Tony Judt’s German teacher

Over the course of the year, I have befriended a young German teacher called Eva. At the pub after work, she told me how as a bookish teenager she built up a romantic longing to live in the England of Jane Austen, a land of polite wit and good manners. Coming to work in a British state school has been, to put it mildly, a reality shock for Eva.

As an outsider, she is always a good person for sharing a staff room rant about the insanity of British schooling. She hilariously recalled to me her bemusement whilst doing a teacher training degree at a British university. No language learning should be done through drill or rote, she was told, but all through communication and interaction. ‘I was not told how to teach them’, she told me, ‘I was told how to play games’.

Eva had been exposed to the child-centred orthodoxy of ‘communicative’ language teaching. This principle states that children learn languages best when encouraged to communicate from the start, and thus pick up vocabulary, grammar and sentence structure through a natural process of osmosis. Rote learning and memorisation are thus eliminated. At a classroom level, this descends into playing games with the pupils, and if they are lucky, they may remember the odd word. I asked Eva if this is how she picked up her perfect English in the German school system. ‘No’, she replied, ‘we were actually taught’.

Sadly, Eva’s teaching is rated on the extent to which she fulfils child-centred methods, so against her better judgement she has given into its lunacy. I teach in the classroom next door to her, and hearing the ensuing chaos of her classes, I often reflect on a quite different German teacher as described by the late historian Tony Judt.

One of the greatest European historians of our generation, Tony Judt died in the summer of 2010 of a degenerative disease. His later writing is in many ways a mea culpa by a former member of the radical left. Child-centred education is just one of its tenets he renounces in his book The Memory Chalet. He writes of ‘Joe’, a six foot war-scarred Scot who taught him German at a direct-grant school in London during the 1960s. ‘There was nothing mysterious about Joe’s teaching methods. We learned by spending hours every day on grammar, vocabulary, and style, in the classroom and at home. There were daily tests of memory, reasoning, and comprehension. Mistakes were ruthlessly punished: to get less than eighteen out of twenty on a vocabulary test was to be “Gormless!”

Despite being ‘terrifying’, Joe was according to Judt ‘the best teacher I ever had’, and helped propel him, the son of lower middle-class Jewish immigrants, to Cambridge and on to a career as an esteemed public intellectual on both sides of the Atlantic. As Judt rightly recognises, for similarly bright pupils in today’s state sector, such teachers are largely extinct. Teachers today are too versed in the methods of ‘child-centred’ teaching to actually push their pupils towards academic success.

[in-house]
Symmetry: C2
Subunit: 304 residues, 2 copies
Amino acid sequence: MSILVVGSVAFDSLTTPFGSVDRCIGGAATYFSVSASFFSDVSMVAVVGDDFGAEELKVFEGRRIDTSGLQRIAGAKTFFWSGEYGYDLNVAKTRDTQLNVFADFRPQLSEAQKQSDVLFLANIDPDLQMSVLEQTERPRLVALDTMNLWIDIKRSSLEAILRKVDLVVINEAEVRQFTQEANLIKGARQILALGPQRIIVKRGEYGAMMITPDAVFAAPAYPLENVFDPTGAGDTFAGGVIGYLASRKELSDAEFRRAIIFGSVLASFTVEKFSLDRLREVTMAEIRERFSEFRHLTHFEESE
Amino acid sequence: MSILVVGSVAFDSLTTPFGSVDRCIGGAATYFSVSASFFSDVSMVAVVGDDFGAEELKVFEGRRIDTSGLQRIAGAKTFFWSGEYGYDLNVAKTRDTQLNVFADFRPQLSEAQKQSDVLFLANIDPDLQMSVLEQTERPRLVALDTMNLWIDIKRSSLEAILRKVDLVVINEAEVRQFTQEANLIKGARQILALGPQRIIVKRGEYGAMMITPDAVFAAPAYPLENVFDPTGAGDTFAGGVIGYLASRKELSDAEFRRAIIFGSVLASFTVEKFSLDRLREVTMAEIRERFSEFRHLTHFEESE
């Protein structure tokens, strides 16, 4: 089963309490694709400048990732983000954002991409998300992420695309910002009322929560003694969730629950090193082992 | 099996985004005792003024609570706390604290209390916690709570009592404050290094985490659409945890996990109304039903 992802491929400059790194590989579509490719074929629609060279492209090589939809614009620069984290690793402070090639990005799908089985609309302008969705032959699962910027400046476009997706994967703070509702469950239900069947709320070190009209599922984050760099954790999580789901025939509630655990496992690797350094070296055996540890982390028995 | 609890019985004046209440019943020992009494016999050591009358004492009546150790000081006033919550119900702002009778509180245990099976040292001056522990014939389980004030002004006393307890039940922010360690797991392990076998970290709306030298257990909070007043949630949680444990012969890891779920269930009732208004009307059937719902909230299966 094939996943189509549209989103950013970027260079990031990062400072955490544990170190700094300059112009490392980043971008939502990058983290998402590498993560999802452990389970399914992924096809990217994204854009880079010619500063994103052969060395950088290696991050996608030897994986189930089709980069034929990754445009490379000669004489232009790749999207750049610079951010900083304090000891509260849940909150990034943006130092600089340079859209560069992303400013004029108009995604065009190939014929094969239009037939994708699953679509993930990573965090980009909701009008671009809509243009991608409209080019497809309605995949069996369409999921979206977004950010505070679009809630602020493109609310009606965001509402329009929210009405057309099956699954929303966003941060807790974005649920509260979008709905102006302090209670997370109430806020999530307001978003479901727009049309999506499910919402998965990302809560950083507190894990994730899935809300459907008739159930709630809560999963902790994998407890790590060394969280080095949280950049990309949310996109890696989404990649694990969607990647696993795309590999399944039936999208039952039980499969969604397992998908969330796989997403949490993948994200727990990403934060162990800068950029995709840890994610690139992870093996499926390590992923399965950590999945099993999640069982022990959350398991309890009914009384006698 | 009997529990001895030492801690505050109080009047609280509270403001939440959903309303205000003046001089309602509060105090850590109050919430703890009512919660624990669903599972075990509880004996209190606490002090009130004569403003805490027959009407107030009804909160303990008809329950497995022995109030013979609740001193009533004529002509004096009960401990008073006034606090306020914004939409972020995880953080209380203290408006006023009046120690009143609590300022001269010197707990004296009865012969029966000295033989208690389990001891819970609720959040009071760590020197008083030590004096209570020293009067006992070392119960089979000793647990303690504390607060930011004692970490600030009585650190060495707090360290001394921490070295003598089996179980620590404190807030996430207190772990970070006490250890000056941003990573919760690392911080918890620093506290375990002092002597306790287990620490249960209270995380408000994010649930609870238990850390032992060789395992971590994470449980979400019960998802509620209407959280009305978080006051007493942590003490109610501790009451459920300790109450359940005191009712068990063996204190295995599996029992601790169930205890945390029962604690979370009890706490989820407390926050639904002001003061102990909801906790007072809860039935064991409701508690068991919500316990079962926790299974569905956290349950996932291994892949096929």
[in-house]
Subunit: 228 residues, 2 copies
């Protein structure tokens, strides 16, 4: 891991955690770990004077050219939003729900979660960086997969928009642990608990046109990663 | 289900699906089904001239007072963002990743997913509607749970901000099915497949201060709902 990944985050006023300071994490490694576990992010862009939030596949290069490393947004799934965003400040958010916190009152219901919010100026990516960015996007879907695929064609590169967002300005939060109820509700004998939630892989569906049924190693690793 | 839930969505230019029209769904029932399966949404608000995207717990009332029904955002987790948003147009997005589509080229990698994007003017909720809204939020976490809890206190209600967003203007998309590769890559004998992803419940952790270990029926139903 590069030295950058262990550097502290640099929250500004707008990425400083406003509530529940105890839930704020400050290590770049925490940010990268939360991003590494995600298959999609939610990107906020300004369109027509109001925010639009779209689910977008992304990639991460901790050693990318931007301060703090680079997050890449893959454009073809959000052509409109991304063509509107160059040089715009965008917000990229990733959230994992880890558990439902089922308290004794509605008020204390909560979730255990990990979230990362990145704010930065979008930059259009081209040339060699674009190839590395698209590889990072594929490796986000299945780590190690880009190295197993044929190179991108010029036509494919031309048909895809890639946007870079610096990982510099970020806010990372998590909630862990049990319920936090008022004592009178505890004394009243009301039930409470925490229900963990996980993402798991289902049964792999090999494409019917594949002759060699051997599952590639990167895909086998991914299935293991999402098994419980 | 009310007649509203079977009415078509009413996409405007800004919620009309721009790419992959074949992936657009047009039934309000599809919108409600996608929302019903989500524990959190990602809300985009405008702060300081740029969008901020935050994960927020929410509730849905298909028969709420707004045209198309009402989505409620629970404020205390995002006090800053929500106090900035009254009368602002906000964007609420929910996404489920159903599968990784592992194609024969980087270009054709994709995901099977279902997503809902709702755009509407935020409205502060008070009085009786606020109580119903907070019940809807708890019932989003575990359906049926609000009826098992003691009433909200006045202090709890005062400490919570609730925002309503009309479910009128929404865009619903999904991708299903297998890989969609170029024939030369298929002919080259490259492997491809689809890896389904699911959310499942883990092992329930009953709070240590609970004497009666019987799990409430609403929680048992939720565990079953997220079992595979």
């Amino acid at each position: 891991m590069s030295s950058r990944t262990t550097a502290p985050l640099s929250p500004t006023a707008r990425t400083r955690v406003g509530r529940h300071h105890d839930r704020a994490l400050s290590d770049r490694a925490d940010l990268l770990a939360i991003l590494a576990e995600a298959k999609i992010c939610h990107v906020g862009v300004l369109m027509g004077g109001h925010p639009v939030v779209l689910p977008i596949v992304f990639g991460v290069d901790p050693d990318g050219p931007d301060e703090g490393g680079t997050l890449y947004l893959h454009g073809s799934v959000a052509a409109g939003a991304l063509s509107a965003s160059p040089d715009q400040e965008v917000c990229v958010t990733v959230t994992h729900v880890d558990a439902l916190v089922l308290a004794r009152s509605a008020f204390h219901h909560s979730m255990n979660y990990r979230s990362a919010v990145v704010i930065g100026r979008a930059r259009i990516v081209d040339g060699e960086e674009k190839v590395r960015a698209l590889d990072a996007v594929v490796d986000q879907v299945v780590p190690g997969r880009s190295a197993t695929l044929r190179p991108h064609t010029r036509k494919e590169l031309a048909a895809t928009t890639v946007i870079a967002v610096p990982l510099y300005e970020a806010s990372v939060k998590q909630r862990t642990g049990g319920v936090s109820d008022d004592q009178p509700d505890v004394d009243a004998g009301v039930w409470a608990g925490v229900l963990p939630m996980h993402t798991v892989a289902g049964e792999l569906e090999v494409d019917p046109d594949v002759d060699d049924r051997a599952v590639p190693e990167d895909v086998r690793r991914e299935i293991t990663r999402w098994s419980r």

In order to succeed in life, children need to develop rigour, self-discipline and a positive work ethic, but these things sound brutally oppressive to many modern ears. I dread to think how many great minds of tomorrow are being ruined by today’s state schooling, as child-centred educators kill their potential with kindness.


~ by goodbyemisterhunter on March 24, 2012.

One Response to “Tony Judt’s German teacher”

  1. “Teachers today are too versed in the methods of ‘child-centred’ teaching to actually push their pupils towards academic success.”

    This is one of the central issues with state education (primary, secondary and FE) that I found during my PGCE course training and also in the job I had.

    If students argued about x or y task, then the standard was reduced to accommodate them (and students would often play their “needs” card for this). I was told not to check and correct spelling and grammar because “if they don’t know it by now, they never will do”. These were 16 – 21 yr olds (with a few over 40). I was horrified and ignored that. As it was my classroom and in FE there isn’t an NQT year, I had total control over what I taught.

    I did do a lot of chalk and talk (oh! heinous crime) but the students appreciated it. Not that I let them sit there and switch off. I didn’t. But they needed information given to them to allow them to research further information and recognise if that information was biased or valuable. How could they have done that without my instructing them? Too often I was told “Don’t tell them – get them to research it on the internet”. But the “research” was not valuable. Often it was copied and pasted word for word from sites such as Wikipedia. This was accepted by the teaching staff.
    Rarely did the students actually think about what was researched and then write it up in their own words to show their understanding of the concept. And teachers didn’t expect it.

    Along with “behaviour management”, low expectations are rife in state system. The combination is toxic, particularly when mixed with child or student centred learning.

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